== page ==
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Annett Zinsmeister | In the Deep Rapture of Light and Colour

"Art is nothing but the light of nature" Goethe

Hans Kotter is an expert when it comes to colours and light. His main interest during his study of painting lay with colour compositions, handling plane areas and structure, and colour and form. At the end of the nineties he began to concentrate more and more on the medium of photography. Devising his own experimental set-ups, he devoted himself to a study of light and its segmentation into colour spectra. The visualisation and aesthetic staging of light refraction, and colour compositions of great virtuosity have been part of Kotter's basis repertoire of works since then:

"There is no other element with such a lasting impact on life on our planet as light. Light fascinates me in a huge variety of ways and I have investigated the medium of light, with its composition, physical contexts, colours, perception and cultural history for many years. The experiences and insights resulting from this investigation are later implemented in my works."

It is the playful treatment of a wide range of materials such as oil, water, acrylic glass, stainless steel, chrome etc. and their effects in relation to light and colour which fascinates Hans Kotter and inspires him to try out new forms of expression continually. This diversity in the handling of materials is revealed in his works' great power of expression and variety.

The abstraction of colour and light creates diffuse landscapes, the illusion of distance, mysterious waves, the impression of water, shimmering heat or the finest of fabrics, which seem to glide across the picture surface in undulating folds. The apparent materiality of these unmanipulated photographs of the immaterial – of light and colour – points to their origins in painting, yet at the same time they document physical processes. The incredible degree of beauty, opulence, brilliance and simultaneous mystery with which natural scientific insights can be manifest in art is quite remarkable.

The artist's treatment of colour plays a key role in all this. Hans Kotter employs his profound knowledge of colours and their very different effects in relation to light conditions and proximity to other colours to relate colours to each other systematically yet intuitively, so creating harmonies as well as extremely exciting contrasts.

The series of works colour codes is evidence of this approach: colour codes are light objects, the vertical coloured structure of which illuminates ever fresh combinations of colours with endless variety. At first glance, these photographic collages, which are reminiscent of barcodes, create an effect using minimal aesthetics, unfolding a diverse play of colour on the basis of LED lighting technology. A large number of optical and aesthetic impulses are created by changes in coloration; the codes appear to be moving slowly due to the changing colour spectra. Even the surrounding wall space and the room itself cannot remain unaffected by this choreography of light and colour.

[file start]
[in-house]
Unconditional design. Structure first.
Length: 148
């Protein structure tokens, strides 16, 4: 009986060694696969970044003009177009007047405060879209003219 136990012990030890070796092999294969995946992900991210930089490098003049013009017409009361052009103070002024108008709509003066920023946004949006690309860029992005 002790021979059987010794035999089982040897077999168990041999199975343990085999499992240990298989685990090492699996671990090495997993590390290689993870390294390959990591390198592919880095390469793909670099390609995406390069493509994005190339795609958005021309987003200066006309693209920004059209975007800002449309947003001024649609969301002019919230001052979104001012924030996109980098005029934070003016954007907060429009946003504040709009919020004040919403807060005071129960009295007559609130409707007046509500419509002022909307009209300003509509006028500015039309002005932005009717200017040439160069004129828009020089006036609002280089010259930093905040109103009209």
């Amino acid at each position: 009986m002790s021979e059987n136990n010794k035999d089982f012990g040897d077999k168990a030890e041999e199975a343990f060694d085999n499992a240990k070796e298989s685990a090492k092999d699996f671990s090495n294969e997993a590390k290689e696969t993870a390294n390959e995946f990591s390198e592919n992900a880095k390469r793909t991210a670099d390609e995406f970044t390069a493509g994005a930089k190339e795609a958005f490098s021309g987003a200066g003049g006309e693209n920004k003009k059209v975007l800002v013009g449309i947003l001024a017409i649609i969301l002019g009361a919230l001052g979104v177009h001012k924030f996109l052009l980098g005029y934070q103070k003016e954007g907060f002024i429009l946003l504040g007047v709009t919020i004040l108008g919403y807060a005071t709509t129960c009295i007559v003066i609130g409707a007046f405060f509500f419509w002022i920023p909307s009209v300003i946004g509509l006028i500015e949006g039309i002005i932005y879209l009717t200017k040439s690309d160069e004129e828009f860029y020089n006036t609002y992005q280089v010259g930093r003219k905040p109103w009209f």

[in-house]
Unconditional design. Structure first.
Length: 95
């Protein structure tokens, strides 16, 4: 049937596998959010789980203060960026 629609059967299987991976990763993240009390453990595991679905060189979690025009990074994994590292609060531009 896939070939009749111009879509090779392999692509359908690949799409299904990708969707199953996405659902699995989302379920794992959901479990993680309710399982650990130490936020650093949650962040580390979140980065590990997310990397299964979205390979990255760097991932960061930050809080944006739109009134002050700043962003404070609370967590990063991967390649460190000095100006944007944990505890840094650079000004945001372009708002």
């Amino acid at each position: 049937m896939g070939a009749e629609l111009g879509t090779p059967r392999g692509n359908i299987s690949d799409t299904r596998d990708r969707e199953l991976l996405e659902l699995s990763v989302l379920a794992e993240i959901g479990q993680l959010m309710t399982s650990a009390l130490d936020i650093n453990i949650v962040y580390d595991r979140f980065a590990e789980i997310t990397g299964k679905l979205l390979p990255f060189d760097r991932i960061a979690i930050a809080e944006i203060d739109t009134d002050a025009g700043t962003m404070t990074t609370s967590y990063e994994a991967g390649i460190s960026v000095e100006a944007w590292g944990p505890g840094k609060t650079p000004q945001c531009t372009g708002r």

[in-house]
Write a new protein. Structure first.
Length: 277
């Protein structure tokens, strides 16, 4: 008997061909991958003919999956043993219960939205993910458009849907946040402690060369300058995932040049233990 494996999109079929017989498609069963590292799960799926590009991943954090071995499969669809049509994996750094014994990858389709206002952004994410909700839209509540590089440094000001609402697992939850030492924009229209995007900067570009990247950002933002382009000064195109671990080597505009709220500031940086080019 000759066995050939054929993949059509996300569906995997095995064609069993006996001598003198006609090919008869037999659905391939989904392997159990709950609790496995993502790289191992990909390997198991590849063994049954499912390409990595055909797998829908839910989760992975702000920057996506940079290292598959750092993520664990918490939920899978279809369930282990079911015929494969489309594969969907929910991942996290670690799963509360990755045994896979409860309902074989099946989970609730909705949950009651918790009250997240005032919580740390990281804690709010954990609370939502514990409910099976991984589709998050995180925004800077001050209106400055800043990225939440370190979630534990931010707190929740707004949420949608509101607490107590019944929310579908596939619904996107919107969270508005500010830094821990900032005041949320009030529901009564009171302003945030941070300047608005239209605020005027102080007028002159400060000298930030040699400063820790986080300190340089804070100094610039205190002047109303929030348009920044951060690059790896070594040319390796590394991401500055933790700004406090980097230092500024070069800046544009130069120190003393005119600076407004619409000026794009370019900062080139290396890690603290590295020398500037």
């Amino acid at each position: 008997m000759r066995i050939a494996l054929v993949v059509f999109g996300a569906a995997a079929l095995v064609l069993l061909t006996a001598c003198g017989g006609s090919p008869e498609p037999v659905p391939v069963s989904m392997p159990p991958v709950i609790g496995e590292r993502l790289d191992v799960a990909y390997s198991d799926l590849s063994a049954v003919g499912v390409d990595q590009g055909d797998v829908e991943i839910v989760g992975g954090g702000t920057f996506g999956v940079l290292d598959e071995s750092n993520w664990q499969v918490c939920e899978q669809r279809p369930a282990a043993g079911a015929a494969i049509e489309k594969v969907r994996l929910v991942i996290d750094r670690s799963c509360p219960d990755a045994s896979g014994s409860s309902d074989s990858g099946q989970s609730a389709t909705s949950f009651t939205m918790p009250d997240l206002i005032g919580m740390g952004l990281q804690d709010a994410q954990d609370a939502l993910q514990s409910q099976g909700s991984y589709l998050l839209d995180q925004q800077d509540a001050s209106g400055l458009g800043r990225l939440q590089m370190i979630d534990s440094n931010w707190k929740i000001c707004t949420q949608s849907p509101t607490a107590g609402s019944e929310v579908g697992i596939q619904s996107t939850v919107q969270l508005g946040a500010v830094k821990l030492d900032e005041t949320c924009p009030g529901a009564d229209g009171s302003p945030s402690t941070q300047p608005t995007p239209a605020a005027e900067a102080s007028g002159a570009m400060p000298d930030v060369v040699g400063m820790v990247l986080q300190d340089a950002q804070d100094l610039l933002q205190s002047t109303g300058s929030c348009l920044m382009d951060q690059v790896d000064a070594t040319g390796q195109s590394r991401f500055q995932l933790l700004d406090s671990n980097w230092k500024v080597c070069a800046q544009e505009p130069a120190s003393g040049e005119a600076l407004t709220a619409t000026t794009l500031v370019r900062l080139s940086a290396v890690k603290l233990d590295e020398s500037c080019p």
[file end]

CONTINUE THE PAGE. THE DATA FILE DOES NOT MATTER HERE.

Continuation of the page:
Indeed, the room always plays an important part in Hans Kotter's installation works. Light is brought into play in a subtle way, for example, as a blue line: the cubature of the room disappears into the darkness, reduced to its contour lines. This abstraction of three-dimensional space certainly causes many details to disappear, but other elementary spatial information is manifest more clearly as a direct consequence. Three-dimensional compositions with fluorescent tubing and illuminated objects immerse different rooms into changing currents of light, and the viewer experiences a roller-coaster ride of sensory impressions and emotions.

In his latest works, the so-called "Tunnels", Hans Kotter is concerned with an illusion of space: in newly developed light objects consisting of filigree, reflecting glass volumes that generate a special aura of their own due to their superior material quality and precision, the approaching viewer is compelled by a mysterious and forceful attraction, which gradually develops into a deep rapture. As if by magic, the reflecting surfaces of the light object are transformed – when the source of light at the object's centre is switched on – into an enchanting tunnel of colours, the end of which is unforeseeable, and which – as in Alice in Wonderland – offers us apparently infinite freedom to develop our fantasies and imagination.
The tunnel pointing into infinity, whether curving or straight, is a phenomenon that appears so realistic one would like to extend one's hand into it; one is overcome by an irresistible attraction. But it is a game with illusion, with the apparently endless, constantly surprising and astonishing ways to stage light and colour artistically. This extremely aesthetic and simultaneously mysterious interplay of reflecting surfaces and endless colour compositions propels the viewer into a rapture of colour and depth from which he has no desire to recover quickly, thanks to the artist Hans Kotter!

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